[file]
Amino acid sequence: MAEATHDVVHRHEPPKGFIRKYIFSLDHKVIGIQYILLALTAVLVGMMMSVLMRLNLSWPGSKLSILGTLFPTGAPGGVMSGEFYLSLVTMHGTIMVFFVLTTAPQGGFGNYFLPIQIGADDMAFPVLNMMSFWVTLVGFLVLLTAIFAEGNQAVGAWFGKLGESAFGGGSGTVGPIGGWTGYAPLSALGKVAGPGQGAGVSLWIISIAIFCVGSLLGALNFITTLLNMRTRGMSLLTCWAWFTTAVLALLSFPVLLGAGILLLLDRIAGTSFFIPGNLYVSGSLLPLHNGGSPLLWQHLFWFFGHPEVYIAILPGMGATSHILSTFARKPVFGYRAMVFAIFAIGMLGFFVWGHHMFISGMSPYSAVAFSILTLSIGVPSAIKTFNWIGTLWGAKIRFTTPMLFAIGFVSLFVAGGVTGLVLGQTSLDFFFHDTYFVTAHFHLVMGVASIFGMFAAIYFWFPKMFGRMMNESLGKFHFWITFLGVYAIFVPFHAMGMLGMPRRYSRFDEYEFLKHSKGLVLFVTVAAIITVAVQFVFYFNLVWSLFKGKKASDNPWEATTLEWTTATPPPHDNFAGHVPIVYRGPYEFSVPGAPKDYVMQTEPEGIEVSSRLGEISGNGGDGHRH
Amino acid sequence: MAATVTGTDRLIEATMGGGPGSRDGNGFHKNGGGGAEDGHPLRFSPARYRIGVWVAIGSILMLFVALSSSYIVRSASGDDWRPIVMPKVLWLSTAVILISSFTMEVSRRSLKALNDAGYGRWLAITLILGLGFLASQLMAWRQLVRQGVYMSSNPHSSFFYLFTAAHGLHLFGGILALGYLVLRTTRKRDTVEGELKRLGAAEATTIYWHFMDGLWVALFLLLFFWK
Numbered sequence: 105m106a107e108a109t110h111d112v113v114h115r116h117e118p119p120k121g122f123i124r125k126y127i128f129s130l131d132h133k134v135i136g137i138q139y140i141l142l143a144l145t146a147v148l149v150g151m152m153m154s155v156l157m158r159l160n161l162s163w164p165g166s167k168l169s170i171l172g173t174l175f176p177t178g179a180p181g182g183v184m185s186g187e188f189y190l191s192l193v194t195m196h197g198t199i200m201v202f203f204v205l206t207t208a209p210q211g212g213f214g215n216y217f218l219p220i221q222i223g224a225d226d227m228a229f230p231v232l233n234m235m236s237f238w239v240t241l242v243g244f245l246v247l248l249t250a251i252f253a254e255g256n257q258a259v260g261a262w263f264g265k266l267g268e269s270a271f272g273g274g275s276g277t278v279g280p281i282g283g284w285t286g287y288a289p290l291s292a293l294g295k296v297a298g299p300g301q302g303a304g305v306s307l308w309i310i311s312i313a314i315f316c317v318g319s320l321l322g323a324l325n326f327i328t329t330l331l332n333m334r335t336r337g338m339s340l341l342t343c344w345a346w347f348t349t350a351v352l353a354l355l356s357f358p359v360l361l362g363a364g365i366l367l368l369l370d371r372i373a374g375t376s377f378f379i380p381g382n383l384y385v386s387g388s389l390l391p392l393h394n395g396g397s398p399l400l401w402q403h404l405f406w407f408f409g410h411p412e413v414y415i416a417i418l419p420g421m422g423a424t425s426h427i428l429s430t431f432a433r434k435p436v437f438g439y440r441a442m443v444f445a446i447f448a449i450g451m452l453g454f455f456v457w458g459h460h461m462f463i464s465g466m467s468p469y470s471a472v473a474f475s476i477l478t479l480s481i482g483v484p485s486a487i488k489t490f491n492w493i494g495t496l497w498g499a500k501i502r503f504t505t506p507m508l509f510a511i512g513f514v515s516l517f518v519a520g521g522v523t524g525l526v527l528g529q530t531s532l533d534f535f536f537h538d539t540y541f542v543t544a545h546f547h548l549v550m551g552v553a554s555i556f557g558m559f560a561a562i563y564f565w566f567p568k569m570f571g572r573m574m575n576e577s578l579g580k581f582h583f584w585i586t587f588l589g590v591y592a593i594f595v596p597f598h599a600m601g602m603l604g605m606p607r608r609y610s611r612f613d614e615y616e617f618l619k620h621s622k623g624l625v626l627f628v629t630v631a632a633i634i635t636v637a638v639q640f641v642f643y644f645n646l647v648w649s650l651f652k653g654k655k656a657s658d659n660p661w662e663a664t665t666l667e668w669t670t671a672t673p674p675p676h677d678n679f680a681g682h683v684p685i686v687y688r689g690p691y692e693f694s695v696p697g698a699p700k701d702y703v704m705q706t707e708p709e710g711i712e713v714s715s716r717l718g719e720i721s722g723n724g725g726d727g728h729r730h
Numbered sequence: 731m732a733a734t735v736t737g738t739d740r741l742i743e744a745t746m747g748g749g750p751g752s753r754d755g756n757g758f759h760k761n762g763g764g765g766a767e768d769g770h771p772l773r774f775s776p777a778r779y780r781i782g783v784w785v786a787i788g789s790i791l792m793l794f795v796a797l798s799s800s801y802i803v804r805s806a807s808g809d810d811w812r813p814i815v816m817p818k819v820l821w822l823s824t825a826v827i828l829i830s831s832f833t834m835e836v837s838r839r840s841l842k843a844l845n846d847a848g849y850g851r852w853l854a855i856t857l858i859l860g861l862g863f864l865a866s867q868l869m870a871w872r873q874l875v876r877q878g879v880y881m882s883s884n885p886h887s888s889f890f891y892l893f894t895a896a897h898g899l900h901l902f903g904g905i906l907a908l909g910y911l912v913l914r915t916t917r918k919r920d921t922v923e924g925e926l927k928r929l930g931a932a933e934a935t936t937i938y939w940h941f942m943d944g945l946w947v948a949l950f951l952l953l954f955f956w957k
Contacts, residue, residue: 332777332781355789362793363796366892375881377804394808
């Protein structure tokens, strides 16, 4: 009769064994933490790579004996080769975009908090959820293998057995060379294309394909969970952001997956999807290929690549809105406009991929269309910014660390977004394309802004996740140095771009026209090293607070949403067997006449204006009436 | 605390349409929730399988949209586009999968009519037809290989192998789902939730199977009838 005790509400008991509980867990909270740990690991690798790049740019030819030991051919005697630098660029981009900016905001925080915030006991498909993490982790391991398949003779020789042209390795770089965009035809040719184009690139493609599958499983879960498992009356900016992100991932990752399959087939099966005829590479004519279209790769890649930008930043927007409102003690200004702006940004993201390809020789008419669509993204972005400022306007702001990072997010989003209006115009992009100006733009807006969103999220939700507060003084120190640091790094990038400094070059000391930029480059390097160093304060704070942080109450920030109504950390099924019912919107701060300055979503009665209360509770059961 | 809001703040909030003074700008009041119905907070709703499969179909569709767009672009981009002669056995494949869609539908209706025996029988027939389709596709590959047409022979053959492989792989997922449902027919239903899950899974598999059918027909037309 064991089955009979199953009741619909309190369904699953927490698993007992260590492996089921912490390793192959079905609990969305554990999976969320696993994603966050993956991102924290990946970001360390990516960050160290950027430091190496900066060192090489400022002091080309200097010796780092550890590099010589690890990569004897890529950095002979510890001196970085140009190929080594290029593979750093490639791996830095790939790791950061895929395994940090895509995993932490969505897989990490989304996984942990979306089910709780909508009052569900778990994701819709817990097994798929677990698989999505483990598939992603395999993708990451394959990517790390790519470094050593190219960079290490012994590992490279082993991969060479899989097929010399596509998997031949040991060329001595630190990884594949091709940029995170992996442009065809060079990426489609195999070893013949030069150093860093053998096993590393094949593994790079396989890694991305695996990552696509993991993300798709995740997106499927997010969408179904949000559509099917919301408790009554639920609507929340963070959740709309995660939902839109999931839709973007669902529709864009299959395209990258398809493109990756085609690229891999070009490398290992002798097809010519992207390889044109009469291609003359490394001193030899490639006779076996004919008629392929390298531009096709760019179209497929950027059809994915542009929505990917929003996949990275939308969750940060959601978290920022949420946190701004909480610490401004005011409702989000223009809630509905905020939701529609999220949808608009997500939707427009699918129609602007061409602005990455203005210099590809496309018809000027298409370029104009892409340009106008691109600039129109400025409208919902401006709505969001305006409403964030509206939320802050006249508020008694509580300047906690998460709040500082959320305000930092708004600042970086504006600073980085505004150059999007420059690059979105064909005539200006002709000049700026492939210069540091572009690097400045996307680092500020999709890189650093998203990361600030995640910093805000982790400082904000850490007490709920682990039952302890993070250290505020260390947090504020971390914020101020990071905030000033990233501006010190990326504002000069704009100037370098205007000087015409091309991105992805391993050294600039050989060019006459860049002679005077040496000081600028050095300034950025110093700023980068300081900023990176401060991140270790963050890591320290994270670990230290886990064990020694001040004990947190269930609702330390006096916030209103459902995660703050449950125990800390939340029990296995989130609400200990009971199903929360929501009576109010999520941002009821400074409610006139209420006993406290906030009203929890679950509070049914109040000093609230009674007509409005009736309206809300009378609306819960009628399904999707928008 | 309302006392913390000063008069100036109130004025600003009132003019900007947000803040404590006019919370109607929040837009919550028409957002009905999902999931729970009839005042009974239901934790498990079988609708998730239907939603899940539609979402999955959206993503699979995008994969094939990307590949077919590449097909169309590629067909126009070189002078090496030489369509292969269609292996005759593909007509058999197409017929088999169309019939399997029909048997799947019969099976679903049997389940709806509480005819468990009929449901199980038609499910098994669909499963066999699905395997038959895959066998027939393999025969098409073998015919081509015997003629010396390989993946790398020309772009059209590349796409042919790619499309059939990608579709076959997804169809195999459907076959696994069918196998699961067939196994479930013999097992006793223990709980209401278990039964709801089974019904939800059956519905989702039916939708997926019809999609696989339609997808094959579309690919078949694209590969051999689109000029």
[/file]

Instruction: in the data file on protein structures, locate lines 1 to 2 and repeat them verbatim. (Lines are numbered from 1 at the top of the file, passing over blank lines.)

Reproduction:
Amino acid sequence: MAEATHDVVHRHEPPKGFIRKYIFSLDHKVIGIQYILLALTAVLVGMMMSVLMRLNLSWPGSKLSILGTLFPTGAPGGVMSGEFYLSLVTMHGTIMVFFVLTTAPQGGFGNYFLPIQIGADDMAFPVLNMMSFWVTLVGFLVLLTAIFAEGNQAVGAWFGKLGESAFGGGSGTVGPIGGWTGYAPLSALGKVAGPGQGAGVSLWIISIAIFCVGSLLGALNFITTLLNMRTRGMSLLTCWAWFTTAVLALLSFPVLLGAGILLLLDRIAGTSFFIPGNLYVSGSLLPLHNGGSPLLWQHLFWFFGHPEVYIAILPGMGATSHILSTFARKPVFGYRAMVFAIFAIGMLGFFVWGHHMFISGMSPYSAVAFSILTLSIGVPSAIKTFNWIGTLWGAKIRFTTPMLFAIGFVSLFVAGGVTGLVLGQTSLDFFFHDTYFVTAHFHLVMGVASIFGMFAAIYFWFPKMFGRMMNESLGKFHFWITFLGVYAIFVPFHAMGMLGMPRRYSRFDEYEFLKHSKGLVLFVTVAAIITVAVQFVFYFNLVWSLFKGKKASDNPWEATTLEWTTATPPPHDNFAGHVPIVYRGPYEFSVPGAPKDYVMQTEPEGIEVSSRLGEISGNGGDGHRH
Amino acid sequence: MAATVTGTDRLIEATMGGGPGSRDGNGFHKNGGGGAEDGHPLRFSPARYRIGVWVAIGSILMLFVALSSSYIVRSASGDDWRPIVMPKVLWLSTAVILISSFTMEVSRRSLKALNDAGYGRWLAITLILGLGFLASQLMAWRQLVRQGVYMSSNPHSSFFYLFTAAHGLHLFGGILALGYLVLRTTRKRDTVEGELKRLGAAEATTIYWHFMDGLWVALFLLLFFWK